29 February 2016
Saudi Arabia is confronting a perfect storm of challenges: economic, political, social, ideological, and geopolitical. How it weathers the storm will likely depend on how it handles the inevitable restructuring of the problematic partnership between the Al Saud ruling family and the Wahhabi ulama or religious scholars, on whom the former rely for their legitimacy.
Saudi Arabia may be heading into a perfect storm of economic problems, social challenges and foreign policy crises. Tumbling commodity and energy prices are forcing the Saudi government to reform, diversify, streamline and rationalise the kingdom’s economy. The government is cutting subsidies, raising prices for services, searching for alternative sources of revenue, and moving towards providing a greater role for women and the private sector.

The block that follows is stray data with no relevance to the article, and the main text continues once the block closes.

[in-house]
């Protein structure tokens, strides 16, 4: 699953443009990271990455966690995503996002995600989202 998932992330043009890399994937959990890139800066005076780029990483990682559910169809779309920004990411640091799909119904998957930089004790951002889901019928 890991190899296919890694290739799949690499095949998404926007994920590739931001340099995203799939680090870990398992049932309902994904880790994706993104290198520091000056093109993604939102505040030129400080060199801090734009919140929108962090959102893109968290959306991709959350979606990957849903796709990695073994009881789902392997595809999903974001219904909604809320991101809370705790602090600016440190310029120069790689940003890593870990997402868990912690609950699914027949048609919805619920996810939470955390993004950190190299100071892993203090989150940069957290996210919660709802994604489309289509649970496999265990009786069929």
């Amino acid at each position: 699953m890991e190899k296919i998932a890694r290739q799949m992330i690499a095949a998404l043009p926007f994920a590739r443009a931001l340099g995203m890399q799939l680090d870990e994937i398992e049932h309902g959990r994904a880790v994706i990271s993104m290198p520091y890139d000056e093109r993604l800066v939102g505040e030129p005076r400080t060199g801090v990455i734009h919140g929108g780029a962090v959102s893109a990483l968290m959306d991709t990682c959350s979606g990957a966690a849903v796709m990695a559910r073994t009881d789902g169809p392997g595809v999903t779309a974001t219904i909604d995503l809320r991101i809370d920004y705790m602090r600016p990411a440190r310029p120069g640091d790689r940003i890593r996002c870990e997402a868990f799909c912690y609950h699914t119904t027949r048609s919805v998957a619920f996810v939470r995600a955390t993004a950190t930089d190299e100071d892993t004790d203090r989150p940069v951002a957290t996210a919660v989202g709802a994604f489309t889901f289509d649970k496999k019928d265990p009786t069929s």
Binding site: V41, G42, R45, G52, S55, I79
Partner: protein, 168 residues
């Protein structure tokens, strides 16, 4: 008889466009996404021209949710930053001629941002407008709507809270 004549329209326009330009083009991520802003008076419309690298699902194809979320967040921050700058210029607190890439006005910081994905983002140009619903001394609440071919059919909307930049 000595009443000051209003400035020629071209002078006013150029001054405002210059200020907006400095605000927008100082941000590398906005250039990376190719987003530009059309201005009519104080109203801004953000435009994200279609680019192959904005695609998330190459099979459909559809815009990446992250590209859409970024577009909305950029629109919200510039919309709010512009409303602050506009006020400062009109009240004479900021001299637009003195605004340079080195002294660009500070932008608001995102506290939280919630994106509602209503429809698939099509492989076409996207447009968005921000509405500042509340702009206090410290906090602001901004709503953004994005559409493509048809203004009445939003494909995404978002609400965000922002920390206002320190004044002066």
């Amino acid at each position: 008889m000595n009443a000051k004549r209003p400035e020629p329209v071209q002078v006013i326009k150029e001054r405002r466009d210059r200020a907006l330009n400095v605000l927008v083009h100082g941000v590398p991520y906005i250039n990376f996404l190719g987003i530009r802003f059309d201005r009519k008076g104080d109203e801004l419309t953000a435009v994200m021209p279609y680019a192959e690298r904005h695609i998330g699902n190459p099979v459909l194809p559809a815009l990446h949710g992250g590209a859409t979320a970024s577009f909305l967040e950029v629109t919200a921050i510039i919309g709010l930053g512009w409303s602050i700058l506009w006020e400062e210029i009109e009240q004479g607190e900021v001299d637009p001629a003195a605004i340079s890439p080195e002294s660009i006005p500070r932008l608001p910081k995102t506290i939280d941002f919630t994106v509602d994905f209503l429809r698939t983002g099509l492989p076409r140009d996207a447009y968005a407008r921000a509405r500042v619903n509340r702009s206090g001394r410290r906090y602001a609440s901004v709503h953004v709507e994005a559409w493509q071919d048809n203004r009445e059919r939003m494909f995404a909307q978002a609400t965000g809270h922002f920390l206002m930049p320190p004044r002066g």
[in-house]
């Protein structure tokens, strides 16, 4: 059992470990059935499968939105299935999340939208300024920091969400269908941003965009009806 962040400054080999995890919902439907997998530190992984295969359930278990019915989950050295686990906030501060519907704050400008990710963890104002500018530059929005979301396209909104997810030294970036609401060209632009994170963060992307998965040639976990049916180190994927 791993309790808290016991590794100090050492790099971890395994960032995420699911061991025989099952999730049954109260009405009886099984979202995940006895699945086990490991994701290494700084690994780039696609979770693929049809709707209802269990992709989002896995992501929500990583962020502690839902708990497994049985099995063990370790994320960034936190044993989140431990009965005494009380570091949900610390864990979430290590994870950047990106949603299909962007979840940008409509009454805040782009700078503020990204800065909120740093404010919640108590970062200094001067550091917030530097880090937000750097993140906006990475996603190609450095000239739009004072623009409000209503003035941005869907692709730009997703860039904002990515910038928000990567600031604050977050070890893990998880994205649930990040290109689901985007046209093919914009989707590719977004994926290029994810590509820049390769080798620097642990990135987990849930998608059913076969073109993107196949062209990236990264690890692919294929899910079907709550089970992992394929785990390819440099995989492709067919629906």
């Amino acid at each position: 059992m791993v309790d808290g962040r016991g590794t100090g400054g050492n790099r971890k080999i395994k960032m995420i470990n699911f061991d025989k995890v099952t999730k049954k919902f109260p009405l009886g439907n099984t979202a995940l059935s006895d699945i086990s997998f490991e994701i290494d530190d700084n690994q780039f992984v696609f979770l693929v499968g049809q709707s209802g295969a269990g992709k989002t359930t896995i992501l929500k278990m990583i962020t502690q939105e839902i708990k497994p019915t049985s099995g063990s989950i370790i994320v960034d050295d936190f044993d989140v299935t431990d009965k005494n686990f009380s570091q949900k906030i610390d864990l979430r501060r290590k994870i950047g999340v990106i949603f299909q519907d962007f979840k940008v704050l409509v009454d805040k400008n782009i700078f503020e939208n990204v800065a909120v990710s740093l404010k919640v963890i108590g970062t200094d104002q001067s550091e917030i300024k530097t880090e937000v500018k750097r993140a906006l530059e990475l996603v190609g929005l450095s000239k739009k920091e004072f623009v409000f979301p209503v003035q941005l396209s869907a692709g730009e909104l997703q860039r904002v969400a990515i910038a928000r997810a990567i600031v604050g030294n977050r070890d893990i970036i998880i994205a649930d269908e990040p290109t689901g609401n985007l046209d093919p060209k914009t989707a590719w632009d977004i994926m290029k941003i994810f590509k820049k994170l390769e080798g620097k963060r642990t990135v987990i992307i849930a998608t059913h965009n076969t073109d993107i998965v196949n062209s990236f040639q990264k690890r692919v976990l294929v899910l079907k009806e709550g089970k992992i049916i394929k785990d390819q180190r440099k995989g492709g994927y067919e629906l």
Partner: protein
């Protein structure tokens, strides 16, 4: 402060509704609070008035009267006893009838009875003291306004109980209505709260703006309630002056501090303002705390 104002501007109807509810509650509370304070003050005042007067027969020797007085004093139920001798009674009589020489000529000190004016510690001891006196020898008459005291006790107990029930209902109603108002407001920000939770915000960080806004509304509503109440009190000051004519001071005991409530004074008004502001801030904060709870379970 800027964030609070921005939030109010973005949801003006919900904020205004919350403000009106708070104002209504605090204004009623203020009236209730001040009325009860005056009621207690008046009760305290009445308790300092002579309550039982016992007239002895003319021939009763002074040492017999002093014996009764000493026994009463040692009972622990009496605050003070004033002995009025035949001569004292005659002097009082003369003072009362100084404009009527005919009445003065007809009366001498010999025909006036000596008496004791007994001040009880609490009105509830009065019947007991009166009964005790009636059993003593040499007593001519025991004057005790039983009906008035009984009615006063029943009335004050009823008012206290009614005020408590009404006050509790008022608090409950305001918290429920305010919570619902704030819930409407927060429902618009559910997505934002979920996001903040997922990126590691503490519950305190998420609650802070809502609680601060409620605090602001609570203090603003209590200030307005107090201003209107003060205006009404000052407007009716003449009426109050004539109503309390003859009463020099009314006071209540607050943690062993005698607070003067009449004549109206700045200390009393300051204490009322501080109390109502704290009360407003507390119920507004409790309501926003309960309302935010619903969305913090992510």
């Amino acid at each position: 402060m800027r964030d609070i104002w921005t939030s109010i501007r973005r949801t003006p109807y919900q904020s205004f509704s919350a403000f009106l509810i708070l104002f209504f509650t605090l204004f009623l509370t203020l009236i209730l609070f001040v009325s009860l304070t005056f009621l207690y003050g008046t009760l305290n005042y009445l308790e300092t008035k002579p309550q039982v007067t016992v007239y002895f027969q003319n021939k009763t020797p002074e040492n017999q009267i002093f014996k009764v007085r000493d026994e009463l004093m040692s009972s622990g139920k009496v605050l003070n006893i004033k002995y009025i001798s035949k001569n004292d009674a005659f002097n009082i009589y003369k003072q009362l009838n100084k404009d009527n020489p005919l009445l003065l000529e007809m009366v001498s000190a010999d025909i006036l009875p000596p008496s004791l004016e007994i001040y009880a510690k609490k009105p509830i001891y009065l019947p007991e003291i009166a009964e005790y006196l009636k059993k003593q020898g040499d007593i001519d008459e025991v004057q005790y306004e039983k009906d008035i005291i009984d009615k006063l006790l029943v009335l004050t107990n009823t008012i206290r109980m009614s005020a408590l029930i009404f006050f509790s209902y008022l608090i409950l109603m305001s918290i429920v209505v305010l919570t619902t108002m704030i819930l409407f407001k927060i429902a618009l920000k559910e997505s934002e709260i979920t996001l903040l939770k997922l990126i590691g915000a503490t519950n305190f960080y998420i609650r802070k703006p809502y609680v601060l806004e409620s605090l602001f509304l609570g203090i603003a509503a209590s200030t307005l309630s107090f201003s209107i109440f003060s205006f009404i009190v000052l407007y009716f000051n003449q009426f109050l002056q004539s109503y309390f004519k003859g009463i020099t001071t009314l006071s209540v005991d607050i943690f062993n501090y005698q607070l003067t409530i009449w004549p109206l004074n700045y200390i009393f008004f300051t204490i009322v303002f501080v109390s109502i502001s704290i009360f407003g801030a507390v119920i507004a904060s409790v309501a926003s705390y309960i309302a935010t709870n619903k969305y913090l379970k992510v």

Cost-cutting occurs at a time when Saudi Arabia is spending effusively on efforts to counter winds of political change in the region—notably its stalled military intervention in Yemen, its support for anti-Bashar Al-Assad rebels in Syria, and its massive stimulus injections into an increasingly troubled regime in Egypt that has yet to perform. Traditional autocratic rule in the Middle East and North Africa is being challenged like never before.
… James M. Dorsey is a Senior Fellow at the S. Rajaratnam School of International Studies (RSIS), Nanyang Technological University, Singapore and co-director of the Institute of Fan Culture of the University of Wurzburg, Germany.
RSIS / Online
Last updated on 01/03/2016